It appears that the Consumer Financial Protection Bureau’s (CFPB) controversial indirect auto initiative may be over. Before the holidays, the CFPB issued a blog post setting forth its fair lending priorities for 2017. It identified those priorities as Redlining, Mortgage and Student Loan Servicing, and Small Business Lending. Not only was indirect auto lending not listed, but the CFPB appeared to go out of its way to indicate it was moving away from this issue. Continue Reading Is the CFPB’s Indirect Auto Initiative Over?
New regulations under the federal Military Lending Act (“MLA”) that become effective next week will prohibit consumer loans to covered US Service members if those loans have a “military annual percentage rate” (“MAPR”) greater than 36 percent. The Defense Department’s regulations will impose that MAPR limit on additional types of consumer credit transactions (beyond just payday, vehicle title, and tax refund anticipation loans) to active duty members of the armed forces and their spouses/dependents. The regulations will also change how a lender may determine whether applicants are “covered borrowers” and modify the disclosures required for those borrowers.
The MLA’s enforcement provisions include criminal and civil liability for noncompliance and provide for a private right of action.
Read more about the new regulations in Mayer Brown’s Legal Update.
The Consumer Financial Protection Bureau (CFPB) marks its fifth birthday having made a substantial mark on the consumer financial services marketplace. To mark this event, we have compiled a retrospective of the CFPB’s first five years. The retrospective provides an overview of the CFPB’s actions in the realms of rulemaking, supervision, and enforcement. While it would be difficult to chronicle all of the CFPB’s activities over that period, the articles in the retrospective provide a snapshot of the rules the CFPB has written or proposed, the supervision program it has implemented, and the enforcement actions it has taken across the landscape of consumer financial services. Some of the articles appeared previously on this blog, others appeared as Mayer Brown Legal Updates, and many are new analyses or summaries of the CFPB’s actions. Read the retrospective, available here.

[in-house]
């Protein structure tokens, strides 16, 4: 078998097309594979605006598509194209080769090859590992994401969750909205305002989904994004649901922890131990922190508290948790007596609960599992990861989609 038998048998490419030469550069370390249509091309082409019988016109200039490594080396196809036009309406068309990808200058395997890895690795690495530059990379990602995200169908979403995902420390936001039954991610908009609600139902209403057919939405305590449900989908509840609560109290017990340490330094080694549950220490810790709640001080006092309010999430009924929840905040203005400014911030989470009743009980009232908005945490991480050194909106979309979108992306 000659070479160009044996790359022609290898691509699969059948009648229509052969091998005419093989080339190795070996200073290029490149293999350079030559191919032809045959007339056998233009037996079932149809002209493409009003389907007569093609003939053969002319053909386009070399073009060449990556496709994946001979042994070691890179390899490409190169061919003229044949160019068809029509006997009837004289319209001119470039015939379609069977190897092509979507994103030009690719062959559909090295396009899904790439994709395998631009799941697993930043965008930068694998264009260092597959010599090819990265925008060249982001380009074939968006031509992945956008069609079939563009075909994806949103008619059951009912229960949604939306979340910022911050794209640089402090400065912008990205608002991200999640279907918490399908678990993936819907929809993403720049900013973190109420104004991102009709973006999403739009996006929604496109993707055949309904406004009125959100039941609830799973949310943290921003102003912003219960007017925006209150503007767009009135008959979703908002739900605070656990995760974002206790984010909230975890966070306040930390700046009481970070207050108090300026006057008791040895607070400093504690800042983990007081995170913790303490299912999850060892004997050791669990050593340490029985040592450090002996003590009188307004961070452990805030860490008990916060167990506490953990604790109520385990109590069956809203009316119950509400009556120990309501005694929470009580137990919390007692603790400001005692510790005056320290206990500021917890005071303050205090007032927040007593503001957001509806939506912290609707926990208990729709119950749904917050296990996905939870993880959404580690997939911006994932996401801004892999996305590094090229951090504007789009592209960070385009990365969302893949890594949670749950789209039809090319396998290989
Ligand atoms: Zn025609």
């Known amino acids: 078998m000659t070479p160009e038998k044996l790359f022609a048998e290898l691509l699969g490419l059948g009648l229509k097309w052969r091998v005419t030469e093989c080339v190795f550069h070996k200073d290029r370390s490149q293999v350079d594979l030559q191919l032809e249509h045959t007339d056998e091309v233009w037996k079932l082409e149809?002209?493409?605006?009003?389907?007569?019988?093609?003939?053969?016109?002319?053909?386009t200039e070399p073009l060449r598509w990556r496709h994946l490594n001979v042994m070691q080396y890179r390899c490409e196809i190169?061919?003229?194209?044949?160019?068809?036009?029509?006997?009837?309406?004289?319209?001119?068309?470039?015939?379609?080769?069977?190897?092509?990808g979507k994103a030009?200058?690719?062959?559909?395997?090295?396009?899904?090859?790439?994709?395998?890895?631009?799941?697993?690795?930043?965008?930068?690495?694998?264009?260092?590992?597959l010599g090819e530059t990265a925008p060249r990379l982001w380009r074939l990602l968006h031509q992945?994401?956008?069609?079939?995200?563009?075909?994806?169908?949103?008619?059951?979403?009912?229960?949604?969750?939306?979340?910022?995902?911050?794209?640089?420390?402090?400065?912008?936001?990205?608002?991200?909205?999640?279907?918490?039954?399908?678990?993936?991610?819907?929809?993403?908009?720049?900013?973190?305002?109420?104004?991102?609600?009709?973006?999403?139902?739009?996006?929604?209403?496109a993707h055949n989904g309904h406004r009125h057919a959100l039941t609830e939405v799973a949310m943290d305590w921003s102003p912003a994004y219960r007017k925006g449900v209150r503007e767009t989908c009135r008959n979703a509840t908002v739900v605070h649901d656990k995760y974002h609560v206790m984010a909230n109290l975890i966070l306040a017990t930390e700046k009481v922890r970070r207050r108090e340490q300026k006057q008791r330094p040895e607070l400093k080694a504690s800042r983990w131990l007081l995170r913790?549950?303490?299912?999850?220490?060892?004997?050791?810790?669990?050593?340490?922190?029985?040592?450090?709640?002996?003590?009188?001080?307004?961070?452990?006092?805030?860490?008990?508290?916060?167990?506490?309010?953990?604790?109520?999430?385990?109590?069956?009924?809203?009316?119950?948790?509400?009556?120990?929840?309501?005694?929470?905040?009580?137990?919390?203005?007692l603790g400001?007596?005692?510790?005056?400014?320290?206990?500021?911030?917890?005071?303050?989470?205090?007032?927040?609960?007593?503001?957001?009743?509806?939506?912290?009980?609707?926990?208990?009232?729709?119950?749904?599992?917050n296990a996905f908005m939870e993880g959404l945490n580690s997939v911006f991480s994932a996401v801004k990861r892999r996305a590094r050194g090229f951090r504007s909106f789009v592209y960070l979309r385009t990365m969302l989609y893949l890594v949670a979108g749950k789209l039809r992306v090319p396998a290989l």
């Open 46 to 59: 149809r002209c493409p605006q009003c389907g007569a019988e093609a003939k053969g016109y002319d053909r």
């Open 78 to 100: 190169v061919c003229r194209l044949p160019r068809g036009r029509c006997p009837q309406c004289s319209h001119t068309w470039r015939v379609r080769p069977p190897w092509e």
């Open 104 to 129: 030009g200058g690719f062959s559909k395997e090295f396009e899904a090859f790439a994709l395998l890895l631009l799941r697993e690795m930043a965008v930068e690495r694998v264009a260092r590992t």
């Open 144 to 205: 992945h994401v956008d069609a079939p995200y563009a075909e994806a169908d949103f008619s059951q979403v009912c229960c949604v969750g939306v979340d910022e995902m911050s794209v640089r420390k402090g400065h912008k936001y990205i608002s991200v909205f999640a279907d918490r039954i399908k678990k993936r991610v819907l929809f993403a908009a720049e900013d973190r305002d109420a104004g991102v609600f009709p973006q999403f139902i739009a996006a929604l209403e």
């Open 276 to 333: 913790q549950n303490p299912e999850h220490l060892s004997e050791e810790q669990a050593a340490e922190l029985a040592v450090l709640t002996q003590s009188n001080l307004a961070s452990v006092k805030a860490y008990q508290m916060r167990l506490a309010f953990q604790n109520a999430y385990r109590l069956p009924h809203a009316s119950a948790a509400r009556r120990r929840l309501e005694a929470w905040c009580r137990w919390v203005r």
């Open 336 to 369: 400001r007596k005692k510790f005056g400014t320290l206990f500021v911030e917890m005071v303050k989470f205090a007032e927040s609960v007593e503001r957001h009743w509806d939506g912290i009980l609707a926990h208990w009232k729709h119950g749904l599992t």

It has been a busy June for the Consumer Financial Protection Bureau (CFPB) in the auto lending space. On June 9, the CFPB released a “Know Before You Owe” shopping sheet for auto loans. On June 27, the CFPB published a report entitled “Consumer Voices on Automobile Financing” (the “Auto Financing Report”). This report contains information on consumers’ challenges in obtaining and understanding auto financing based on focus groups with consumers and narrative consumer complaints. On June 28, the CFPB released its monthly complaint snapshot highlighting consumers’ complaints on auto lending. In the midst of this, the CFPB also published a series of blog posts directed at consumers on how to shop for auto loans.
Although the majority of the CFPB’s documents and articles are focused on consumers, direct and indirect auto lenders can learn from the CFPB’s guidance. Before you drive away for the long weekend, here are some key highlights from the CFPB’s recent slew of auto financing information: Continue Reading Auto Lenders Take Note: Key Takeaways from the CFPB’s Recent Auto Financing Publications
*Mrs. Schoenfeld is not admitted in the District of Columbia. She is practicing under the supervision of firm principals
On April 29, 2016, the Consumer Financial Protection Bureau (“CFPB” or “Bureau”) issued its fourth Fair Lending Report, which reviews the activities of the Office of Fair Lending and Equal Opportunity for the 2015 calendar year. Last year, the CFPB’s fair lending supervisory and public enforcement actions led to $108 million in restitution to consumers and other monetary payments. The Bureau referred eight matters to the Department of Justice (“DOJ”), and DOJ declined to independently investigate two of these matters.
The Report focuses on the following fair lending highlights: Continue Reading The CFPB Issues its 2015 Fair Lending Report